Down the street from the Car- diff Arms Park at The Old Arcade, they still joke about the danger of being struck by lightning because there is now a Welsh Rugby League jersey on the pub wall among the scores of Union ones.
A code that has never truly established itself at club level in the region gave unmistakable signs of doing so yesterday, however, when the recently formed South Wales side showed its qualities by beating Carlisle in a Second Division curtain-raiser to the main event of a Super League fixture between Sheffield Eagles and St Helens.
The South Wales side, largely composed of ageing war horses and raw recruits from rugby union, bears no relation to the one that will play here if, as they should be, the club is accepted into next season's Super League. But the side has been good enough to compete respectably in most of its matches so far, and it was too good for a Carlisle team making the long round trip from the game's other frontier on the Scottish borders.
The veteran full-back Willie Richardson was the most disorientated man among Carlisle in the opening minutes, missing a high kick from Anthony Hatton to allow Andy Currier to sco- op up the loose ball and score a try converted by Ioan Bebb, son of Dewie Bebb - of esteemed memory - and a product of the Welsh Student Rugby League side. When Carlisle hit back, it was through a member of the Welsh squad recently returned from a notable victory in France, Barry Williams taking Mike Kavanagh's pass to slice through.
The general picture, though, was of South Wales, with their enterprising back play and strong running from two international second-rowers, Paul Moriarty, of Wales, and Gerald Williams, of South Africa, dominating proceedings. It was only a failure to take their chances that restricted South Wales to a Mark Wall- ington drop goal which edged them a point further ahead.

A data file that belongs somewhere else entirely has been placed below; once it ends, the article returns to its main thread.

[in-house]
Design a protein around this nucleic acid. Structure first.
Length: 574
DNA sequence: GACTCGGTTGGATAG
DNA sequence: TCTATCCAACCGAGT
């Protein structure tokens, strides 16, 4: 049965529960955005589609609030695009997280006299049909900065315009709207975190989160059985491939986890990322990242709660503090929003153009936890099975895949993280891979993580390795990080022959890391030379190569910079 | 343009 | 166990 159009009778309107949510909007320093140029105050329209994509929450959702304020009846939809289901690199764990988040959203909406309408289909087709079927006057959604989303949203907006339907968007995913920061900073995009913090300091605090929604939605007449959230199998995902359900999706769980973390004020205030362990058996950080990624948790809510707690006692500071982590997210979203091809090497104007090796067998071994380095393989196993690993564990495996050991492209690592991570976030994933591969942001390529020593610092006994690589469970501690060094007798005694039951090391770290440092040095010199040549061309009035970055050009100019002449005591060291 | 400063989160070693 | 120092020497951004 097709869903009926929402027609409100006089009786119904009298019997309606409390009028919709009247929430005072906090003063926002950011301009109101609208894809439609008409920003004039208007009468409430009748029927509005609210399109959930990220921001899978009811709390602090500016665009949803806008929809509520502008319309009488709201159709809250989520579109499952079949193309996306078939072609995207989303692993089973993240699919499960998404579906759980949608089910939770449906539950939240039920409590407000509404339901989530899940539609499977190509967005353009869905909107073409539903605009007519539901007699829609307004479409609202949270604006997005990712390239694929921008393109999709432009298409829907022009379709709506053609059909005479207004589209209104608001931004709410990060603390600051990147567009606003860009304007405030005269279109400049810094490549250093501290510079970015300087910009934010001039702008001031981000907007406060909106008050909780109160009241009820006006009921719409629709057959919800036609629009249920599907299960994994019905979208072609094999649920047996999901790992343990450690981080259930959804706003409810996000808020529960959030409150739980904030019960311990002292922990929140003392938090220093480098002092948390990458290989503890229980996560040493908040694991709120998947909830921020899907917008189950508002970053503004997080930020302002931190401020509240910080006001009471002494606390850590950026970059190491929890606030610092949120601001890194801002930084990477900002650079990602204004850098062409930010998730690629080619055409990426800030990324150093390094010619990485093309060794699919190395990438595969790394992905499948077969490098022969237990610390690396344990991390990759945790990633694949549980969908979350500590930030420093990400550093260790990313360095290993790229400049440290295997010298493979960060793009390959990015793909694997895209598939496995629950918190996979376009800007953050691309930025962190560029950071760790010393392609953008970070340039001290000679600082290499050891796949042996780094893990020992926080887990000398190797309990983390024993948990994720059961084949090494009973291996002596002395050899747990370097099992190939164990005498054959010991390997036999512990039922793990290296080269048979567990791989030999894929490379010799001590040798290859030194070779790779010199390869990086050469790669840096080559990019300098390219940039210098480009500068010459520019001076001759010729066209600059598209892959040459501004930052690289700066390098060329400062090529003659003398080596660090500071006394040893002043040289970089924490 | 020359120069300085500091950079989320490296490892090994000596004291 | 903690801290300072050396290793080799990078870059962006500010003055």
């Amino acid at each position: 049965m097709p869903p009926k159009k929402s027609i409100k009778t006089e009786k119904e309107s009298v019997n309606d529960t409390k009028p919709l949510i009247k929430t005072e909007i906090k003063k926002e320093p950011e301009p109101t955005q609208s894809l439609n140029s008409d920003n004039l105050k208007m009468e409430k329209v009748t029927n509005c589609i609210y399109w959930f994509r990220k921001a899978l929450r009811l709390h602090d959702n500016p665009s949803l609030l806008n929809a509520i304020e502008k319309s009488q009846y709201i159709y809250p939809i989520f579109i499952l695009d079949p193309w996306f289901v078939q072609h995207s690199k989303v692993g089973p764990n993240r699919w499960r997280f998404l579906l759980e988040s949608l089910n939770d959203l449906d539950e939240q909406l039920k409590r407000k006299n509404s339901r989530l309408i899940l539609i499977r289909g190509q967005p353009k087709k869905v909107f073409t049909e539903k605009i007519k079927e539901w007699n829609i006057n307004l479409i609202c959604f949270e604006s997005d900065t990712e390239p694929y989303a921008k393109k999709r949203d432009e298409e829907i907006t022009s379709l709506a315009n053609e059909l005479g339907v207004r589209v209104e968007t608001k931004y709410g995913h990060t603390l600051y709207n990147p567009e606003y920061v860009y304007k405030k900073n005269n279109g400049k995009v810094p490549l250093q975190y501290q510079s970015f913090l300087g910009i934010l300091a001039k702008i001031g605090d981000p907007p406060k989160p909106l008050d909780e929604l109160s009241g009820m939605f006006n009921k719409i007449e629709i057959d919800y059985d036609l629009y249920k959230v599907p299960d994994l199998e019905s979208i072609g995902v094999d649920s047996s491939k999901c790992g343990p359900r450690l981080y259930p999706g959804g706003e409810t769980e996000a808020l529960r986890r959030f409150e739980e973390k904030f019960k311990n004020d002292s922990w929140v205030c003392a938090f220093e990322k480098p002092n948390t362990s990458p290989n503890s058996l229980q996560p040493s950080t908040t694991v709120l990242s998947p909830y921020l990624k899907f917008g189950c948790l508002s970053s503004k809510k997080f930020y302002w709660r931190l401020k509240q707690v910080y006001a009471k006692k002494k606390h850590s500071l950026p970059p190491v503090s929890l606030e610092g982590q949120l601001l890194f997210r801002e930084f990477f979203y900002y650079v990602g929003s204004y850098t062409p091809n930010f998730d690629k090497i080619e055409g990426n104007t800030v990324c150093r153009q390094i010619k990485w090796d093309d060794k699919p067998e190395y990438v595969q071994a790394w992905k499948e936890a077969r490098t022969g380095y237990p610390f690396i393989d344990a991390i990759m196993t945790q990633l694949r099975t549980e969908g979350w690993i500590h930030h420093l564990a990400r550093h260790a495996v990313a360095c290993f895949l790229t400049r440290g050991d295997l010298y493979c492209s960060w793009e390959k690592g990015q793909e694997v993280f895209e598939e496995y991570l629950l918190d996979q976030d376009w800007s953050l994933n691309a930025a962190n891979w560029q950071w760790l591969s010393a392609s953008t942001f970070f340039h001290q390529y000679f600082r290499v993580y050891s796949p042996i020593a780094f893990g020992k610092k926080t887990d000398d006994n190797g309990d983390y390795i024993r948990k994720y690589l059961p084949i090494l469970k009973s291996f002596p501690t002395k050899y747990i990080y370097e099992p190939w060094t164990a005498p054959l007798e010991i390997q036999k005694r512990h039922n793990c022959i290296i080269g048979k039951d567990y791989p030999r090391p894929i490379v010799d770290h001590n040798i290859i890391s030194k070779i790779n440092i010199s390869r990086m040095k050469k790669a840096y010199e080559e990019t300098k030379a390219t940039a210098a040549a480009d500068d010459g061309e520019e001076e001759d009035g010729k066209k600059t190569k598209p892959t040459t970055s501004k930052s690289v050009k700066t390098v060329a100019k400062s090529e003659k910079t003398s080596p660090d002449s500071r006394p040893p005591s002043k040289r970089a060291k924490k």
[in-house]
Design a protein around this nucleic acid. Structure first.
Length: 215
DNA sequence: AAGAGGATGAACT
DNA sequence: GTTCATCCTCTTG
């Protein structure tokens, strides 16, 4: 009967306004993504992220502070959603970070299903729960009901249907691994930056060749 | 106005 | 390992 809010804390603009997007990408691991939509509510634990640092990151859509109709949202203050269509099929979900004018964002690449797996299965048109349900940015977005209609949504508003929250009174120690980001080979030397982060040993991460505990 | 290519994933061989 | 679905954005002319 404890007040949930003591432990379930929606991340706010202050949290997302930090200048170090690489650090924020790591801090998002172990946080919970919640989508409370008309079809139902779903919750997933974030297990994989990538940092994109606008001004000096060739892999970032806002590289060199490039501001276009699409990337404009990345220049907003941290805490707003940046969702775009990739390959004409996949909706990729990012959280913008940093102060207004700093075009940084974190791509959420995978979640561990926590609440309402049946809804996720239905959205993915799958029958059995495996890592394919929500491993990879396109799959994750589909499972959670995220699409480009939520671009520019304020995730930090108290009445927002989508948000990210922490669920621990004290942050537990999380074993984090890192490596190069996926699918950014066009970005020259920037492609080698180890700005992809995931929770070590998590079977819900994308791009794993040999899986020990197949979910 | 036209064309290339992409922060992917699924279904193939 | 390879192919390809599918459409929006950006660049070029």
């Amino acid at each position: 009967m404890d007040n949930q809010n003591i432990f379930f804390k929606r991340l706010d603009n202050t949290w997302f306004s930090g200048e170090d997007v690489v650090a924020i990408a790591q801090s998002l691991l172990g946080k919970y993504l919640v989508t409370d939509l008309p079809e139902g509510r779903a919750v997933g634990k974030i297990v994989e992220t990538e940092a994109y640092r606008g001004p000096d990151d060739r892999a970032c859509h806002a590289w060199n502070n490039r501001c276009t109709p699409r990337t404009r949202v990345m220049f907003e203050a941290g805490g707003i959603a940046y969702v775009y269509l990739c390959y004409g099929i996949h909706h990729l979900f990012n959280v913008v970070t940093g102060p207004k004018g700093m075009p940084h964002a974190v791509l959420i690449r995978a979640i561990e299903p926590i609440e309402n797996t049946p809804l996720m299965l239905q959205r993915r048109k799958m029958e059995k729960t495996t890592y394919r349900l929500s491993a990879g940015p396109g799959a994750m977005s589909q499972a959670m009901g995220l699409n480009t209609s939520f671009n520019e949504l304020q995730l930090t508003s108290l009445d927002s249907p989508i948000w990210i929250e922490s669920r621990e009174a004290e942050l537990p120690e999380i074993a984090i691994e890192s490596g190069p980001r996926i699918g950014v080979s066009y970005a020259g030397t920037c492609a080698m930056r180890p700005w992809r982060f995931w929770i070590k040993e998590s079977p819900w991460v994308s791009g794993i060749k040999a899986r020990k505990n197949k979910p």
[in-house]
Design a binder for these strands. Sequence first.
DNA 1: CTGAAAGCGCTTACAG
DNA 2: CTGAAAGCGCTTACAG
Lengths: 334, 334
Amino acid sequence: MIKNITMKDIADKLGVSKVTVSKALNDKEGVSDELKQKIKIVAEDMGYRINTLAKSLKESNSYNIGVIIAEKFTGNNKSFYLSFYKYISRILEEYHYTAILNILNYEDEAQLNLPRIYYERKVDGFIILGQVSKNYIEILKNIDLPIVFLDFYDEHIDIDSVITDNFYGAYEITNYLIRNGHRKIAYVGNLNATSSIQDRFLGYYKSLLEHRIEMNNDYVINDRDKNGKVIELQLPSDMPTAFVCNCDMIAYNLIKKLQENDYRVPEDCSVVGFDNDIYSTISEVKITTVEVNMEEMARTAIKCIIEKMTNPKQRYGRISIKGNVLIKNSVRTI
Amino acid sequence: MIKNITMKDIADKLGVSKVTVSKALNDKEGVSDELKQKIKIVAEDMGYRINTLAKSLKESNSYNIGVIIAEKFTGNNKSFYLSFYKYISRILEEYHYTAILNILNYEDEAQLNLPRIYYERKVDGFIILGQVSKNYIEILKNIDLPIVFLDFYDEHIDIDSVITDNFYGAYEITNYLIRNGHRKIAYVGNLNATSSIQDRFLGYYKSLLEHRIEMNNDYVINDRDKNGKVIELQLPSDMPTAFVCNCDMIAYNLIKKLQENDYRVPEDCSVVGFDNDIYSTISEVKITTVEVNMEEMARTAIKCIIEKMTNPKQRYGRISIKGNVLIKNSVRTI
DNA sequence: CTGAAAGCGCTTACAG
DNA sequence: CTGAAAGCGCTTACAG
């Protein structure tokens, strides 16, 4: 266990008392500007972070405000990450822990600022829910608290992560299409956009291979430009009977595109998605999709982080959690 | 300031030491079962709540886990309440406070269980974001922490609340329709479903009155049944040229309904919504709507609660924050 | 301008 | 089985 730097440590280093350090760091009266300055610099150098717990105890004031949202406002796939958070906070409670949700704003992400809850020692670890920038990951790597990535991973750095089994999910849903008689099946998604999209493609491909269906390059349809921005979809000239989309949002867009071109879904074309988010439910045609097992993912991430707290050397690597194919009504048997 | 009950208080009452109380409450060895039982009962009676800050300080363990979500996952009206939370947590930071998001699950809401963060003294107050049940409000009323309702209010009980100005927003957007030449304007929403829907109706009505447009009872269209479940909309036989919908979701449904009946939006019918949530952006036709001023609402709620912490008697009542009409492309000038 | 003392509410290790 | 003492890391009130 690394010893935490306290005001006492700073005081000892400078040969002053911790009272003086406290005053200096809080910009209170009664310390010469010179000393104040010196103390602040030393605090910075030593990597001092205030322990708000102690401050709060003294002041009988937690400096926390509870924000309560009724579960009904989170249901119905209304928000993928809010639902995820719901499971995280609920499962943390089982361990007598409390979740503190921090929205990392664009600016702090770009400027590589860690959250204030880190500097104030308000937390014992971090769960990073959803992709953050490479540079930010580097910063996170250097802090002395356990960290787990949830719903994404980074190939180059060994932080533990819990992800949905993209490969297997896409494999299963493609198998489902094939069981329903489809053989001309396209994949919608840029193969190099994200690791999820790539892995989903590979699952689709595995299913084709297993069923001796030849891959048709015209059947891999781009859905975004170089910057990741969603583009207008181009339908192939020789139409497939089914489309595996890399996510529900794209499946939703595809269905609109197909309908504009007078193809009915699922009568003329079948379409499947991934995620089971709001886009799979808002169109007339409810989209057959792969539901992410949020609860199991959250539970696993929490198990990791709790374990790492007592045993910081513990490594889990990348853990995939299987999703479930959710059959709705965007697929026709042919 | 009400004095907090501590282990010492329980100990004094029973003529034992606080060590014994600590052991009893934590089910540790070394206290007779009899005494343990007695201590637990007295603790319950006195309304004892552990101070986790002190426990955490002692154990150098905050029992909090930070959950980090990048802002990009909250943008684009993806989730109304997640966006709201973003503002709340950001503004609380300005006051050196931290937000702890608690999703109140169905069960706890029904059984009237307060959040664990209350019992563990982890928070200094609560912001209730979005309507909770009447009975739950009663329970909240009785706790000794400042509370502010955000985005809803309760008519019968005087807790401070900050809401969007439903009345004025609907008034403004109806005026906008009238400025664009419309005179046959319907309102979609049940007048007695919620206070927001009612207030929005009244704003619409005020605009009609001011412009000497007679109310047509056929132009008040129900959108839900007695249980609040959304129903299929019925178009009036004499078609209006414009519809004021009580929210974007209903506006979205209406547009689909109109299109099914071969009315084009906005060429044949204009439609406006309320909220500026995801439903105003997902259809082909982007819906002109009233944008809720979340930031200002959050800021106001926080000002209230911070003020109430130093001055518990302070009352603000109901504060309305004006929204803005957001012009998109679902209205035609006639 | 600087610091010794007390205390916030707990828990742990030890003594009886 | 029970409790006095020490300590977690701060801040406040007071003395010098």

The introduction of Hugh Waddell produced a more significant breakthrough, the former Carlisle player-coach driving to within a couple of yards of the line and Wallington forcing his way over. That should have given South Wales a comfortable platform for the second half, but there was a warning from Carlisle when Danny Russell had a try disallowed. Worse followed when a great run from the Cumbrian Welshman Williams put Russell in for one that did count.
The years looked to be starting to tell on South Wales, but their substitute, James Alvis, lifted them again with a run just as good as Williams', and a pass that put Bebb over for a converted try. Yet another storming run from Carlisle's Williams yielded a try for Gary Ruddy, but Currier then showed a glimpse of his Great Britain pedigree with a stunning break from midfield for a try that put the Welsh on course for victory.
Wallington also went half the length of the field for his second, and Currier spurned a hat-trick by putting a try on a plate for Gerald Cordle, who was on his old club ground. Richardson managed a late reply, but Carlisle could not spoil the party. The crowd had built up nicely, considering the sporting competition yesterday afternoon, and The Old Arcade was not struck by lightning.Reuse content